Postby Crysknife » 29 Dec 2011 23:41

    Spice Must Flow wrote:
    Crysknife wrote:I disagree that it isn't a Rep vs. Dem thing.

    Freakzilla wrote:I think economic ideas ARE divided by party lines .

    Crysknife wrote:and let's not forget it was a Republican president that bailed them out.

    Had to be voted by congress - democrats were just as much a part of it.
    Freakzilla wrote:Clinton and "Affordable Housing"?
    Everyone is to blame for this not just Republicans or Democrats, you know what both really care about.

    Bush had plenty to do with the housing crisis, but your last sentiment I agree with.

    Bush supported TARP as well as the then presidental candidates Obama and McCaine. This is bipartisanship at its worst!

    Something BIG is going on.
    There are revolutions in the Middle East.
    There are riots in debt-ridden Europe.
    In the US you have the Tea Party which was quickly absorbed by the Republicans, and the Occupy Wall Street movement which was quickly absorbed by the Democrats.
    The US is almost equally 50-50 between democrats and republicans. THis is not coincidence and there might not be as much difference as you think.
    Rather than focus on the Republican / Democrat differences - in realm of economics I'd ask you to think about some different issues. What I think are good topics are central banking, the FED, and fiat currency. THe theives walk away while you point at one another, and they're stealing from all of us.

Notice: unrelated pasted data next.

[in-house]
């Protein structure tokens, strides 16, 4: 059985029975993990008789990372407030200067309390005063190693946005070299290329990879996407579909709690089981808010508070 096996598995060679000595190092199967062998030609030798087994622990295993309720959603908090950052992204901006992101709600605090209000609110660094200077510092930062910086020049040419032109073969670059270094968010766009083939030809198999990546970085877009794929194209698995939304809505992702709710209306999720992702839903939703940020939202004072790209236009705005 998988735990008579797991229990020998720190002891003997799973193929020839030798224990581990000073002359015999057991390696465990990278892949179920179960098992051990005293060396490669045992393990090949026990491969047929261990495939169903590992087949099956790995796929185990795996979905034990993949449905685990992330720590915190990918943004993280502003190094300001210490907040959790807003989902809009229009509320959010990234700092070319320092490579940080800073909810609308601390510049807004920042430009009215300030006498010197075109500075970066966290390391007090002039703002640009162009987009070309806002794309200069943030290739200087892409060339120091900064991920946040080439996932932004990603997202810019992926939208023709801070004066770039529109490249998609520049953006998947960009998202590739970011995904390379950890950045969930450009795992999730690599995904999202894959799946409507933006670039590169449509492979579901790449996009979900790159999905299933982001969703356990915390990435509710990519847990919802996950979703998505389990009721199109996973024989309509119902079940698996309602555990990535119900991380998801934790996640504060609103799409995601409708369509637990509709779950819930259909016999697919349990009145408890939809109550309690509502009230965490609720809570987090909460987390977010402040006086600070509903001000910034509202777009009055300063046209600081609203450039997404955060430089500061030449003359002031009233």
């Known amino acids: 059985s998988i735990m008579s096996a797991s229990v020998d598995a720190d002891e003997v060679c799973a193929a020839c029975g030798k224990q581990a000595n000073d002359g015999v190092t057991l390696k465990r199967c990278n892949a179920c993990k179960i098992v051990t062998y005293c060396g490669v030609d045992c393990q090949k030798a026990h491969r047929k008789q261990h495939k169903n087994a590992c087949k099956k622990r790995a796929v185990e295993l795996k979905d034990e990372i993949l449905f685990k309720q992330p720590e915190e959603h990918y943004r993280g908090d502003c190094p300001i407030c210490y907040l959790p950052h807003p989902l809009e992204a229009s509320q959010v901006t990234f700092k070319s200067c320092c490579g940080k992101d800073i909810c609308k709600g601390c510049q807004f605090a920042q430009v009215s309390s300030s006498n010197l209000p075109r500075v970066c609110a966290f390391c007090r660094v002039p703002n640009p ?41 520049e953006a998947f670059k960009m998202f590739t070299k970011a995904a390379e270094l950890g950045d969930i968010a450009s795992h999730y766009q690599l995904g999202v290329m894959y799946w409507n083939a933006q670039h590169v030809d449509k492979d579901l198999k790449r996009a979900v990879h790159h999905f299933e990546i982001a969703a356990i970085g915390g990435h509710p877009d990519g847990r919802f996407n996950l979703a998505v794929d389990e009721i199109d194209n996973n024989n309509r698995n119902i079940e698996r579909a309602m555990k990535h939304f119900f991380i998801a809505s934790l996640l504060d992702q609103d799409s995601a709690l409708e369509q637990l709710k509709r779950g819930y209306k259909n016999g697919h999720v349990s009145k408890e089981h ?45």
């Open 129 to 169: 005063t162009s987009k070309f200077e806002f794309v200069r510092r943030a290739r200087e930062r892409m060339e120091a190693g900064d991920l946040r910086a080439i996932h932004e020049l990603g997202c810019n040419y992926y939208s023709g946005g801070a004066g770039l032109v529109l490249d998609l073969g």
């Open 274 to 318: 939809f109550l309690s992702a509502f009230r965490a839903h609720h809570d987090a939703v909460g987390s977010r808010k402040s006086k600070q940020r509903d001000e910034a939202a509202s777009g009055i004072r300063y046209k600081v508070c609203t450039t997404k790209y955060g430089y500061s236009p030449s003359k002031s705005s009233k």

The problem is that you think the gold standard is somehow beyond corruption. It's like saying that a free market is utopia.....it isn't and again, there is no such thing as a free market. Most countries have a mixed economy and ALL of their governments play a role.
    Ron Paul would slash taxes for the wealthy and slash regulations. Hell, I would save a lot of money dumping chemicals in the western desert. Paul doesn't care about the environment. That's how he will hand everything to the wealthy. He's owned by them as much as any politician. Yes I agree dems are not without guilt. But they are by far the lessor of two evils.
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    Re: Economics

    Postby Spice Must Flow » 30 Dec 2011 00:14

    Crysknife wrote:
    The problem is that you think the gold standard is somehow beyond corruption. It's like saying that a free market is utopia.....it isn't and again, there is no such thing as a free market. Most countries have a mixed economy and ALL of their governments play a role.
    Ron Paul would slash taxes for the wealthy and slash regulations. Hell, I would save a lot of money dumping chemicals in the western desert. Paul doesn't care about the environment. That's how he will hand everything to the wealthy. He's owned by them as much as any politician. Yes I agree dems are not without guilt. But they are by far the lessor of two evils.


    Do you understand the problem of fiat currency? Tax the shit out of the rich, hell - confiscate ALL of their wealth and redistribute everything. Feel better? Good - now about fiat currency...
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    Re: Economics

    Postby Crysknife » 30 Dec 2011 00:23

    Spice Must Flow wrote:
    Crysknife wrote:
    The problem is that you think the gold standard is somehow beyond corruption. It's like saying that a free market is utopia.....it isn't and again, there is no such thing as a free market. Most countries have a mixed economy and ALL of their governments play a role.